One day he met Lulia, a Wemmick who had no dots or stars. It wasn’t that people didn’t try to give her stickers, it’s just that the stickers didn’t stick. He found out that each day she went to see Eli, the carver.

So he went and Eli welcomed him by name. “You know my name?”, the little Wemmick asked. “Of course I do. I made you.”

“What they think doesn’t matter, Punchinello. All that matters is what I think. And I think you are pretty special.”

“Why do I matter to you?” Punchinello asked.

“Because you’re mine. That’s why you matter to me.” Said Eli.

“Every day I’ve been hoping you’d come,” Eli explained.

Punchinello asked about Lulia “Why don’t the stickers stay on her?”

“Because she has decided that what I think is more important than what they think. The stickers only stick if you let them.”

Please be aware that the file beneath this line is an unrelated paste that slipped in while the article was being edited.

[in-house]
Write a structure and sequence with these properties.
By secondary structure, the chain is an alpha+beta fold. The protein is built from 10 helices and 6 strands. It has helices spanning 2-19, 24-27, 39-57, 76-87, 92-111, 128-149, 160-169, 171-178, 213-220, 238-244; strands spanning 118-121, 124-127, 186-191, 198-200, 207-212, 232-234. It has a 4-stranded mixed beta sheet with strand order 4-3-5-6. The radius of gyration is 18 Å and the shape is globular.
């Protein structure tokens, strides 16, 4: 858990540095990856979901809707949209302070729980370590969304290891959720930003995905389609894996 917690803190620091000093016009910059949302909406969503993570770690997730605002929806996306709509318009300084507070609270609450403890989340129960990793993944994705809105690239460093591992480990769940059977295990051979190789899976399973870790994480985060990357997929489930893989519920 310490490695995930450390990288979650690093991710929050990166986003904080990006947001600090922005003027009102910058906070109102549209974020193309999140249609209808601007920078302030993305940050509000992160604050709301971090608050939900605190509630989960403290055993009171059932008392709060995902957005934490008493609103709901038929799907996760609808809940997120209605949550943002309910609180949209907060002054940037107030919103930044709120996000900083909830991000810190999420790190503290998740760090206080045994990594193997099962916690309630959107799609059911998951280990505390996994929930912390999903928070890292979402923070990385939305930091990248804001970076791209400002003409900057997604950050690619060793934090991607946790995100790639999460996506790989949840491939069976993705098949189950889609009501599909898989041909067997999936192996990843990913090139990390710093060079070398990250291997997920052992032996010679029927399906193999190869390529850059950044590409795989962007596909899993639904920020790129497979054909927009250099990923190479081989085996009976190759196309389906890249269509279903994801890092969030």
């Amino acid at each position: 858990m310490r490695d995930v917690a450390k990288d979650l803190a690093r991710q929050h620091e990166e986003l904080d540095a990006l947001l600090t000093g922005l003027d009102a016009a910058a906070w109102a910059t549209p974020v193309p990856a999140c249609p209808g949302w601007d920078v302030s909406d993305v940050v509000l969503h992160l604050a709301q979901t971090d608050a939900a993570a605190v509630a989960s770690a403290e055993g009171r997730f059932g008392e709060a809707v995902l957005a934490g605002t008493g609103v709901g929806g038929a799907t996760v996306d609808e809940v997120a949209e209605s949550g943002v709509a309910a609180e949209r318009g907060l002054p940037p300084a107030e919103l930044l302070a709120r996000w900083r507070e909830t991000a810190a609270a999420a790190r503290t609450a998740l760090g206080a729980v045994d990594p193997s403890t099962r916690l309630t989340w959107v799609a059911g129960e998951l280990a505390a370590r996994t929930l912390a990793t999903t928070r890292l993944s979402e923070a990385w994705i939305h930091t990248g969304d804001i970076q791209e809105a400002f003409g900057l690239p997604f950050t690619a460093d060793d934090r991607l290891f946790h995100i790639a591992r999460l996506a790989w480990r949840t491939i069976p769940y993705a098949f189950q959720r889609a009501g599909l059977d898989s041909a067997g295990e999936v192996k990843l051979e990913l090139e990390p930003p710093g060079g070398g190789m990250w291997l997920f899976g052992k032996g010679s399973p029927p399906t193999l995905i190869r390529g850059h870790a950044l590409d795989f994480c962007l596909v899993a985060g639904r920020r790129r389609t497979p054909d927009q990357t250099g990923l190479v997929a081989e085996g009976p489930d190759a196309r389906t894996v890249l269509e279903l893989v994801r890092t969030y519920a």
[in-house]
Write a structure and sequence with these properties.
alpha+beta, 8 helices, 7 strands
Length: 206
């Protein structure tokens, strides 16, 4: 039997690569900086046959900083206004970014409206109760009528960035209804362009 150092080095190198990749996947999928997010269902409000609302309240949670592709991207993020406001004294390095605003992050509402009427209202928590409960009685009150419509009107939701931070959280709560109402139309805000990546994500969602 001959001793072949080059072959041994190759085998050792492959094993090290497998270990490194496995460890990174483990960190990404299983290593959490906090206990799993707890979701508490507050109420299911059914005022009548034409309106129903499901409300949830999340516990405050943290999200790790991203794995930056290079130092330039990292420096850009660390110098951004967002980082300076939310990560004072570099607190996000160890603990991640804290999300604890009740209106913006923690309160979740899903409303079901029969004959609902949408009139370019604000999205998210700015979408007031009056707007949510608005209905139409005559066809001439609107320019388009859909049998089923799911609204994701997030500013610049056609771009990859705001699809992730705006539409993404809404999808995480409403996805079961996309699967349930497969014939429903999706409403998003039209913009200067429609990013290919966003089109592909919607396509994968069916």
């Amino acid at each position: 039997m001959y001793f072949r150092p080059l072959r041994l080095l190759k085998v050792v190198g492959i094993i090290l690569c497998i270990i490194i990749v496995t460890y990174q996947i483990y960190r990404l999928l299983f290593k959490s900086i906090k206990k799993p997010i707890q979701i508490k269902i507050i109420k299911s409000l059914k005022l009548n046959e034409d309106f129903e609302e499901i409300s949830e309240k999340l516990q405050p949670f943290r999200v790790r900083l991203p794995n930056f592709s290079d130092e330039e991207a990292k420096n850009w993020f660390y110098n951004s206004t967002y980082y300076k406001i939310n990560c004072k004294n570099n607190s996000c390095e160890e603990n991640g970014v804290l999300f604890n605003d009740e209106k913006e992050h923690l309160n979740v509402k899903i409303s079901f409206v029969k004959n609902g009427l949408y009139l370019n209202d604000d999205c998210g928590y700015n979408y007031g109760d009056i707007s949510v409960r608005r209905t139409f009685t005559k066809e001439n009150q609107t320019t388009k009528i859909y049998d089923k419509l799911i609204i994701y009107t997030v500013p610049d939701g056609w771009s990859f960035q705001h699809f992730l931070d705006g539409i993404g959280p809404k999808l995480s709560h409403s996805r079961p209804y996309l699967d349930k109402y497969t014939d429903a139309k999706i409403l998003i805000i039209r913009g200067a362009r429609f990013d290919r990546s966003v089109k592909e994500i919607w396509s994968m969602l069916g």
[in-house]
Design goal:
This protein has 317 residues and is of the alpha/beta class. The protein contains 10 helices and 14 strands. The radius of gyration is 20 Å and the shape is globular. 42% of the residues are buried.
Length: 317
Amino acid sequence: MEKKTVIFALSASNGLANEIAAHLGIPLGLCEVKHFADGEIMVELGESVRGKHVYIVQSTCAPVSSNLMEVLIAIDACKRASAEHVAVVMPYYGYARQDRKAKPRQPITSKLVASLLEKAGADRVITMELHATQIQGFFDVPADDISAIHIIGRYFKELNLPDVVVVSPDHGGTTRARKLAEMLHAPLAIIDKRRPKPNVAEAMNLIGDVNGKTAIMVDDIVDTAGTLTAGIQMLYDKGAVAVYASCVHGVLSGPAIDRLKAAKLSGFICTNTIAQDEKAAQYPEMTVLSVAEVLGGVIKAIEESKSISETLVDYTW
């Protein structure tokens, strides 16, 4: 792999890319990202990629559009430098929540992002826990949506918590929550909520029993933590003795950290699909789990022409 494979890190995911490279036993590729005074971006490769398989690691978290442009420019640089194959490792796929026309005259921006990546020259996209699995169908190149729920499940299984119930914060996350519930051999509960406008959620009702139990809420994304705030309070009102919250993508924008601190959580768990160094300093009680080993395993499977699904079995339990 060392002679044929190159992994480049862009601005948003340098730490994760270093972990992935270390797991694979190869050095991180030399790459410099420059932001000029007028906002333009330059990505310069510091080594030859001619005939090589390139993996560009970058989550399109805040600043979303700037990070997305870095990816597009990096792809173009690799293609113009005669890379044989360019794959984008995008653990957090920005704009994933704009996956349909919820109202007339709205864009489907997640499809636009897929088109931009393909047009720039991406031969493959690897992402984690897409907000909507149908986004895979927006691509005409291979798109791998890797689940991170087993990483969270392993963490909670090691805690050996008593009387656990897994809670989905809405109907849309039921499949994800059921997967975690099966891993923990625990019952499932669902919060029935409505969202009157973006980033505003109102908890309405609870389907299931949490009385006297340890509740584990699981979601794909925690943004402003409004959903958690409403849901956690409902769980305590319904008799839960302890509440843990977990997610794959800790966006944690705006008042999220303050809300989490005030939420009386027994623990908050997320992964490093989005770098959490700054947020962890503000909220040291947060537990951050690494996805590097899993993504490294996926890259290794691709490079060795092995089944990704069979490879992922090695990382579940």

“The more you trust my love, the less you care about the stickers.”

“Remember”, Eli said as the Wemmick walked out the door. “You are special because I made you. And I don’t make mistakes.”

Punchinello didn’t stop, but in his heart he thought: “I think he really means it.” And when he did, a dot fell to the ground.

Bruce says, “We’re living in a society that’s judgemental.  No matter how bad people have been, we should still have that love.”

“Justice should be done but we latch onto anything that will elevate our sense of righteousness by seeing what other people have done wrong.

“That’s where we can be so different; if we can be armed with forgiveness and love in every situation.  We should have this constant reckless love wherever we go.”